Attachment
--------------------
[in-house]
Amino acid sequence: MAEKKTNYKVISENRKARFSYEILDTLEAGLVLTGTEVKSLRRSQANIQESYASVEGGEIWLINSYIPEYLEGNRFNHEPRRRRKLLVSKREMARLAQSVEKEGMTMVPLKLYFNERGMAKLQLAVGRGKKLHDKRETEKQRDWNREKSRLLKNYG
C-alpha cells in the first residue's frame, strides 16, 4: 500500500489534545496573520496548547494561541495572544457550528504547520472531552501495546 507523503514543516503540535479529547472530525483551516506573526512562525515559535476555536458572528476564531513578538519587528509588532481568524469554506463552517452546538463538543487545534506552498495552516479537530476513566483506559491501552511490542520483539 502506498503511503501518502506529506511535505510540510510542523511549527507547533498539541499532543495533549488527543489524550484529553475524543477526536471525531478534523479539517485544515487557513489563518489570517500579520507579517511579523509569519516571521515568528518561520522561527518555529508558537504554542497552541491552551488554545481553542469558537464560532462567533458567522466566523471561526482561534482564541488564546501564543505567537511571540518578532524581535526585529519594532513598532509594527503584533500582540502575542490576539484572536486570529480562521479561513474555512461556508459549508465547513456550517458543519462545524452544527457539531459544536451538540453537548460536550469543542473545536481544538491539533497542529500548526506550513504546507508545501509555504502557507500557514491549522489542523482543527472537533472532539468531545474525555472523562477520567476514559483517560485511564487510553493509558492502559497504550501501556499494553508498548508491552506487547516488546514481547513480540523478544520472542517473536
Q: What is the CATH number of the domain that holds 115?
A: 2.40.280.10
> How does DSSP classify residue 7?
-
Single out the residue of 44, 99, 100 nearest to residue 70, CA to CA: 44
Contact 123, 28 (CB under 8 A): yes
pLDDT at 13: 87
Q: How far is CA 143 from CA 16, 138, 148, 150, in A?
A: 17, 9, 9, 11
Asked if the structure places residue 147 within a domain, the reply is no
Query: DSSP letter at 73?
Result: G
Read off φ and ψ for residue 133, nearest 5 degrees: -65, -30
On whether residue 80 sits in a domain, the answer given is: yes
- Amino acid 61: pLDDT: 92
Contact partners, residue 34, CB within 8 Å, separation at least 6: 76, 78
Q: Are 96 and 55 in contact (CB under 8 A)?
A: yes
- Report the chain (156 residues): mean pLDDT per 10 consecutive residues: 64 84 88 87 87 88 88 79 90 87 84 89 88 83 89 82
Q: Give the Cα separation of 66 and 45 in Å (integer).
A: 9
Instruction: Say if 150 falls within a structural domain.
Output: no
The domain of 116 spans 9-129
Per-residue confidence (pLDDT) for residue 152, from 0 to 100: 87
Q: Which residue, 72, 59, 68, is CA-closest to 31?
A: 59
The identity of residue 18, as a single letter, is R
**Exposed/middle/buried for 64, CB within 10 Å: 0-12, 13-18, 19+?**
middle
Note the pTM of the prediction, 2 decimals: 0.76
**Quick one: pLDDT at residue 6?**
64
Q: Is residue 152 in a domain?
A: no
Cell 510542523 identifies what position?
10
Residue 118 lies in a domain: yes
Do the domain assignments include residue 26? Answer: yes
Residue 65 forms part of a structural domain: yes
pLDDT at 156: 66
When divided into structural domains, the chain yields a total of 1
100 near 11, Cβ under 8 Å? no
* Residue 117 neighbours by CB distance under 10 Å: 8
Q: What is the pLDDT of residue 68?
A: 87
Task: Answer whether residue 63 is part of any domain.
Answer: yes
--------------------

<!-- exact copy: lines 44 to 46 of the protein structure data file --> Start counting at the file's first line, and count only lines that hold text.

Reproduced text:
pLDDT at 156: 66
When divided into structural domains, the chain yields a total of 1
100 near 11, Cβ under 8 Å? no